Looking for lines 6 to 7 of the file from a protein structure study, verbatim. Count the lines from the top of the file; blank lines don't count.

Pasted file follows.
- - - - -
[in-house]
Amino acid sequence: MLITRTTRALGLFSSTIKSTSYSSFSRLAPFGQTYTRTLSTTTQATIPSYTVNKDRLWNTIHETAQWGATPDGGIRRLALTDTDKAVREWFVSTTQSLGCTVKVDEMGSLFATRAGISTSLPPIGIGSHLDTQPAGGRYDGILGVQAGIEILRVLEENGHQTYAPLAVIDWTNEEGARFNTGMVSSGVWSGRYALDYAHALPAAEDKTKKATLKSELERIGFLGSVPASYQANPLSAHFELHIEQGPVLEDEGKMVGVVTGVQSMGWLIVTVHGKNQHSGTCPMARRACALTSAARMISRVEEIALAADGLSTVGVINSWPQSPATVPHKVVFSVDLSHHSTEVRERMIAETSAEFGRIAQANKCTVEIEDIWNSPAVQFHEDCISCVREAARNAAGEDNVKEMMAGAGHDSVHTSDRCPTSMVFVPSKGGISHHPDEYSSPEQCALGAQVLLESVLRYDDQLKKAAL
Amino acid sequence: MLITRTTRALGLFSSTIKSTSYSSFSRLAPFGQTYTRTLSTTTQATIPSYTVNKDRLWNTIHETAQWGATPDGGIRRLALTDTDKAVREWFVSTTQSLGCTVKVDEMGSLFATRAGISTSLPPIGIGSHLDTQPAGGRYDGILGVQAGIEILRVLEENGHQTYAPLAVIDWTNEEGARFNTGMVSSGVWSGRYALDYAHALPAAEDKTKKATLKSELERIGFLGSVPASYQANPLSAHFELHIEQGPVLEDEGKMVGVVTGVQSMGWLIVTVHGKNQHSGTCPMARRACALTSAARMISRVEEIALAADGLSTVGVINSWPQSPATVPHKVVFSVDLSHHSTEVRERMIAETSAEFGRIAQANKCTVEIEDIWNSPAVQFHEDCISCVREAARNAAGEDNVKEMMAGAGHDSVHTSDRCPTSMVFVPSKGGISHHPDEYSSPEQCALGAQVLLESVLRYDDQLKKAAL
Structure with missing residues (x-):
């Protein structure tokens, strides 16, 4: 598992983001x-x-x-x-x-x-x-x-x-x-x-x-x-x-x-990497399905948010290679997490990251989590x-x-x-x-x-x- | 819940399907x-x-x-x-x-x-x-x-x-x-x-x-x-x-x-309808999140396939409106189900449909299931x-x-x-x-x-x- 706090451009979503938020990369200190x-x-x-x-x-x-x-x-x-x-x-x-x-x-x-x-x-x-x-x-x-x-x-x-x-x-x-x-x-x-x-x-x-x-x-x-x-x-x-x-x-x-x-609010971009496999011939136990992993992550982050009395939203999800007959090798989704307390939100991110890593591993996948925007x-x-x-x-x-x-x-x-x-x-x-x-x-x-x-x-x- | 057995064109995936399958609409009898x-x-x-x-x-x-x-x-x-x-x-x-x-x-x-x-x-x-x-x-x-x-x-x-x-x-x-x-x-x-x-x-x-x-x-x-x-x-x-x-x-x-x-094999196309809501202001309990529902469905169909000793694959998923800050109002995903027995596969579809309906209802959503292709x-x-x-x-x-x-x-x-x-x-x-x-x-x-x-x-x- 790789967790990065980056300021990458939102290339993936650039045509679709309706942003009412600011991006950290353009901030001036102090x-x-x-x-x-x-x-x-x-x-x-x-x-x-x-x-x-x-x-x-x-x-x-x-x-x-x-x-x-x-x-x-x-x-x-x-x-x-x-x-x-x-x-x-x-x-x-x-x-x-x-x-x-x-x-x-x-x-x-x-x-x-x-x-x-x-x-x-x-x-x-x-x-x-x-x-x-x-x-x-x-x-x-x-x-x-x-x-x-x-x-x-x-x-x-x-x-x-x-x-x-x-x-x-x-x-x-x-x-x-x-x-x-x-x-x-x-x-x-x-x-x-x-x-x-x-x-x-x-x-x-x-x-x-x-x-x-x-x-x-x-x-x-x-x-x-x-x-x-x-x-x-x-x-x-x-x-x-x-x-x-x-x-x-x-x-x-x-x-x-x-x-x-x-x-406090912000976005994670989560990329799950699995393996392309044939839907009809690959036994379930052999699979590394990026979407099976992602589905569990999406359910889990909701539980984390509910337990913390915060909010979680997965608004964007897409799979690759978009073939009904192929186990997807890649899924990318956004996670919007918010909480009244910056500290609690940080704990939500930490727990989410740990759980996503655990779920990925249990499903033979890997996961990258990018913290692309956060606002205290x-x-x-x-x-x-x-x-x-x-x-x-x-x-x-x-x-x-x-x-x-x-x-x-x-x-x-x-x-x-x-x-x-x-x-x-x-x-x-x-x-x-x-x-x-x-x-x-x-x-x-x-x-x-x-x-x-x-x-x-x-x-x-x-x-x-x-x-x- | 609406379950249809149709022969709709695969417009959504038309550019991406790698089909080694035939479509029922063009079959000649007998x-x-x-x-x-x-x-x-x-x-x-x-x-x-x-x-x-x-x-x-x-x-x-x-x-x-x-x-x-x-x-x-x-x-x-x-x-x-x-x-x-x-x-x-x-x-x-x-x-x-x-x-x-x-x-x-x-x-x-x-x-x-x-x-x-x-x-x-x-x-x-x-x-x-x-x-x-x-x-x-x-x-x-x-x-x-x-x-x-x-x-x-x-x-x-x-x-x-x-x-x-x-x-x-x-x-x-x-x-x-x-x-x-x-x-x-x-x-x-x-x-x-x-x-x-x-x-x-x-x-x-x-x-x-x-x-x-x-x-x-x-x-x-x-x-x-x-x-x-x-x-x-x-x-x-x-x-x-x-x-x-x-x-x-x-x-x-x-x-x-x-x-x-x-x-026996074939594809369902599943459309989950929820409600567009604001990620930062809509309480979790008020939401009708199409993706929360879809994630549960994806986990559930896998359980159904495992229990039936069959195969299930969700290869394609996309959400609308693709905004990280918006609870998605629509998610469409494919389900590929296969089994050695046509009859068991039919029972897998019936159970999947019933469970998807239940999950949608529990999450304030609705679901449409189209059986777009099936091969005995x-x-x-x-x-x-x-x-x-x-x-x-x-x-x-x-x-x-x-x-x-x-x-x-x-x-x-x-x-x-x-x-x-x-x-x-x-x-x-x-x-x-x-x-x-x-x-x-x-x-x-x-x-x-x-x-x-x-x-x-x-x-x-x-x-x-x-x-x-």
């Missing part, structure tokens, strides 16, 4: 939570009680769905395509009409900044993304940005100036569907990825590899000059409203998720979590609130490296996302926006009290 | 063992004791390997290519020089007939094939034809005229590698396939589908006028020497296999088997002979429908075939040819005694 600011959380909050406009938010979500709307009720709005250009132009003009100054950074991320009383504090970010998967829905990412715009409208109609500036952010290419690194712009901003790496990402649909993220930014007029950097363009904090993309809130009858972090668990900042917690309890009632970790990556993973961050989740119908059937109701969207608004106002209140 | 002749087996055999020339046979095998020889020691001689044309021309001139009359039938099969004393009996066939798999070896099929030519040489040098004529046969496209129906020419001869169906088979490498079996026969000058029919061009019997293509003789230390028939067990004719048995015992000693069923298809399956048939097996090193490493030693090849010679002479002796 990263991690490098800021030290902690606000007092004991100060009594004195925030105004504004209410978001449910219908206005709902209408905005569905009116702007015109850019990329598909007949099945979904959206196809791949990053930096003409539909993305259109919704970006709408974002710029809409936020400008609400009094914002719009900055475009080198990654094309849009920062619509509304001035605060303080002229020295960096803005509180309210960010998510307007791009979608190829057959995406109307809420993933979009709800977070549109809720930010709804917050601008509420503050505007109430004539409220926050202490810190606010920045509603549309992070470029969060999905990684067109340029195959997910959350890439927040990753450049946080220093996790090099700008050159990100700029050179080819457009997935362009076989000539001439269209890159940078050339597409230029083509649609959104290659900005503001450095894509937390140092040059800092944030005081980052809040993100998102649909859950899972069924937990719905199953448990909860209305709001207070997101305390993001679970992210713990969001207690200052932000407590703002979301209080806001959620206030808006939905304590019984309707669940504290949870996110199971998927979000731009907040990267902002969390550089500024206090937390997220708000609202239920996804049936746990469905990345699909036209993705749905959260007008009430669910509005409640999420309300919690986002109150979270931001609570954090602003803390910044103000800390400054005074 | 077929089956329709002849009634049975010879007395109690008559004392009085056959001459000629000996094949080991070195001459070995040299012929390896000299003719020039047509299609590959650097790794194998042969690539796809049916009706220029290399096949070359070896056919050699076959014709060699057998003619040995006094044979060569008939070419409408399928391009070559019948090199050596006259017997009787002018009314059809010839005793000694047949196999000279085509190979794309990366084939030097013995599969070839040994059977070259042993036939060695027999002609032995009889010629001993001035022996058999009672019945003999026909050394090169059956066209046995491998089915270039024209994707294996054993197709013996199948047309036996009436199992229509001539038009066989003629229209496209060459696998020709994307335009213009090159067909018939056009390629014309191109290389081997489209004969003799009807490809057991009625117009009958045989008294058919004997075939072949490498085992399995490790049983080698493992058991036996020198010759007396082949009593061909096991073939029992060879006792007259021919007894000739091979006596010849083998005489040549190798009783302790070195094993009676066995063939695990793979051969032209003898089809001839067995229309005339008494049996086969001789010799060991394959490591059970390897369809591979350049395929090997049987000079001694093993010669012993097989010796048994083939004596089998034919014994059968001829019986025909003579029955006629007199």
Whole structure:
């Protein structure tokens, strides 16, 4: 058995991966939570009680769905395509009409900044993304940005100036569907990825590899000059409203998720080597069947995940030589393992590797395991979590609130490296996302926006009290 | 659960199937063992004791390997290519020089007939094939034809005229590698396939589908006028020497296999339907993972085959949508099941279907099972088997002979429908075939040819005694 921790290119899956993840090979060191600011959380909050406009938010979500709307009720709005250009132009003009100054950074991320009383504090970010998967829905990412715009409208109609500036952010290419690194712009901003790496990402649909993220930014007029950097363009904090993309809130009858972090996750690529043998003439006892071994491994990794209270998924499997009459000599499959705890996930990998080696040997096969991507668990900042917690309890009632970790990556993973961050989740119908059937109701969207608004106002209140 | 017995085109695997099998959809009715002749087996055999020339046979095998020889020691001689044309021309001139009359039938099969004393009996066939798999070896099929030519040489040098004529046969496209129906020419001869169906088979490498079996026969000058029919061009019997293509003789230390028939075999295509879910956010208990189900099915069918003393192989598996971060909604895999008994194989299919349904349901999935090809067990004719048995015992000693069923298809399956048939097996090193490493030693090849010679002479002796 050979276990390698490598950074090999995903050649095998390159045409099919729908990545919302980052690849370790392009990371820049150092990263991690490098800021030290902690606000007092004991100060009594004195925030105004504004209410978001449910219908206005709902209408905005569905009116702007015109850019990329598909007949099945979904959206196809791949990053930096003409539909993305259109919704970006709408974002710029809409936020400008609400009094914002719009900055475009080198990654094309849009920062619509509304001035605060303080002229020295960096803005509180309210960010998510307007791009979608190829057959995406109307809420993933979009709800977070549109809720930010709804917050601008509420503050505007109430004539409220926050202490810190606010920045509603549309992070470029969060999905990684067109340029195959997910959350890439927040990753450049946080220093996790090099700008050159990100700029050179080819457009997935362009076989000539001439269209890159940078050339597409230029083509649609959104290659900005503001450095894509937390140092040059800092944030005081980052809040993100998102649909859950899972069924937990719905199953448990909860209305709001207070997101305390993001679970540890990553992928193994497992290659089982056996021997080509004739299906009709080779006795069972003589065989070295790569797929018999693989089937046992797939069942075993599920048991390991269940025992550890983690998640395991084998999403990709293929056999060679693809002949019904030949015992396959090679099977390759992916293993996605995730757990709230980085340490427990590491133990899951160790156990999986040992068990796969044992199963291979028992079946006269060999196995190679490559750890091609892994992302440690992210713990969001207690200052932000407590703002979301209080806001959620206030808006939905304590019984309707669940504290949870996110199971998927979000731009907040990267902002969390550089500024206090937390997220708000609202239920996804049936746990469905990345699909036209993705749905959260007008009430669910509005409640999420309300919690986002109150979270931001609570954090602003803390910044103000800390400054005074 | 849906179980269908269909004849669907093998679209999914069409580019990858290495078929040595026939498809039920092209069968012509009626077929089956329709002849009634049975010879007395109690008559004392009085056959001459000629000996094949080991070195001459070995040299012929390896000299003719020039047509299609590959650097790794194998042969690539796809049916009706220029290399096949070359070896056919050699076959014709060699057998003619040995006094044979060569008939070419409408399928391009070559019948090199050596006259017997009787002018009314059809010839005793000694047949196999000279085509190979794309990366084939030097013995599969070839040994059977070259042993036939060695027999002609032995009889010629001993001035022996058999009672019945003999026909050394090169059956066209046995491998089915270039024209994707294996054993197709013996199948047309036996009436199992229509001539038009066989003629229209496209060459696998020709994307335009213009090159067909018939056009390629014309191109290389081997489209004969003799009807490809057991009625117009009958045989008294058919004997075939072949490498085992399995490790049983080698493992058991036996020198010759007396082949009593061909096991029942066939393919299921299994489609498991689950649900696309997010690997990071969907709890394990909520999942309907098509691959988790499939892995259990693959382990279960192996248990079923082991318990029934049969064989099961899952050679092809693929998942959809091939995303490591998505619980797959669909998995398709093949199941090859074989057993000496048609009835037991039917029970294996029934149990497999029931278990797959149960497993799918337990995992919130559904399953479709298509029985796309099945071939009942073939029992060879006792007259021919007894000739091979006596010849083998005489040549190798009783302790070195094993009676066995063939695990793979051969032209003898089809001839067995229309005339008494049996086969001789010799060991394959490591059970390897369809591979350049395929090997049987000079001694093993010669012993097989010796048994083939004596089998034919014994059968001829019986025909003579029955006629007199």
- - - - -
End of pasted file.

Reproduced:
């Missing part, structure tokens, strides 16, 4: 939570009680769905395509009409900044993304940005100036569907990825590899000059409203998720979590609130490296996302926006009290 | 063992004791390997290519020089007939094939034809005229590698396939589908006028020497296999088997002979429908075939040819005694 600011959380909050406009938010979500709307009720709005250009132009003009100054950074991320009383504090970010998967829905990412715009409208109609500036952010290419690194712009901003790496990402649909993220930014007029950097363009904090993309809130009858972090668990900042917690309890009632970790990556993973961050989740119908059937109701969207608004106002209140 | 002749087996055999020339046979095998020889020691001689044309021309001139009359039938099969004393009996066939798999070896099929030519040489040098004529046969496209129906020419001869169906088979490498079996026969000058029919061009019997293509003789230390028939067990004719048995015992000693069923298809399956048939097996090193490493030693090849010679002479002796 990263991690490098800021030290902690606000007092004991100060009594004195925030105004504004209410978001449910219908206005709902209408905005569905009116702007015109850019990329598909007949099945979904959206196809791949990053930096003409539909993305259109919704970006709408974002710029809409936020400008609400009094914002719009900055475009080198990654094309849009920062619509509304001035605060303080002229020295960096803005509180309210960010998510307007791009979608190829057959995406109307809420993933979009709800977070549109809720930010709804917050601008509420503050505007109430004539409220926050202490810190606010920045509603549309992070470029969060999905990684067109340029195959997910959350890439927040990753450049946080220093996790090099700008050159990100700029050179080819457009997935362009076989000539001439269209890159940078050339597409230029083509649609959104290659900005503001450095894509937390140092040059800092944030005081980052809040993100998102649909859950899972069924937990719905199953448990909860209305709001207070997101305390993001679970992210713990969001207690200052932000407590703002979301209080806001959620206030808006939905304590019984309707669940504290949870996110199971998927979000731009907040990267902002969390550089500024206090937390997220708000609202239920996804049936746990469905990345699909036209993705749905959260007008009430669910509005409640999420309300919690986002109150979270931001609570954090602003803390910044103000800390400054005074 | 077929089956329709002849009634049975010879007395109690008559004392009085056959001459000629000996094949080991070195001459070995040299012929390896000299003719020039047509299609590959650097790794194998042969690539796809049916009706220029290399096949070359070896056919050699076959014709060699057998003619040995006094044979060569008939070419409408399928391009070559019948090199050596006259017997009787002018009314059809010839005793000694047949196999000279085509190979794309990366084939030097013995599969070839040994059977070259042993036939060695027999002609032995009889010629001993001035022996058999009672019945003999026909050394090169059956066209046995491998089915270039024209994707294996054993197709013996199948047309036996009436199992229509001539038009066989003629229209496209060459696998020709994307335009213009090159067909018939056009390629014309191109290389081997489209004969003799009807490809057991009625117009009958045989008294058919004997075939072949490498085992399995490790049983080698493992058991036996020198010759007396082949009593061909096991073939029992060879006792007259021919007894000739091979006596010849083998005489040549190798009783302790070195094993009676066995063939695990793979051969032209003898089809001839067995229309005339008494049996086969001789010799060991394959490591059970390897369809591979350049395929090997049987000079001694093993010669012993097989010796048994083939004596089998034919014994059968001829019986025909003579029955006629007199």
Whole structure: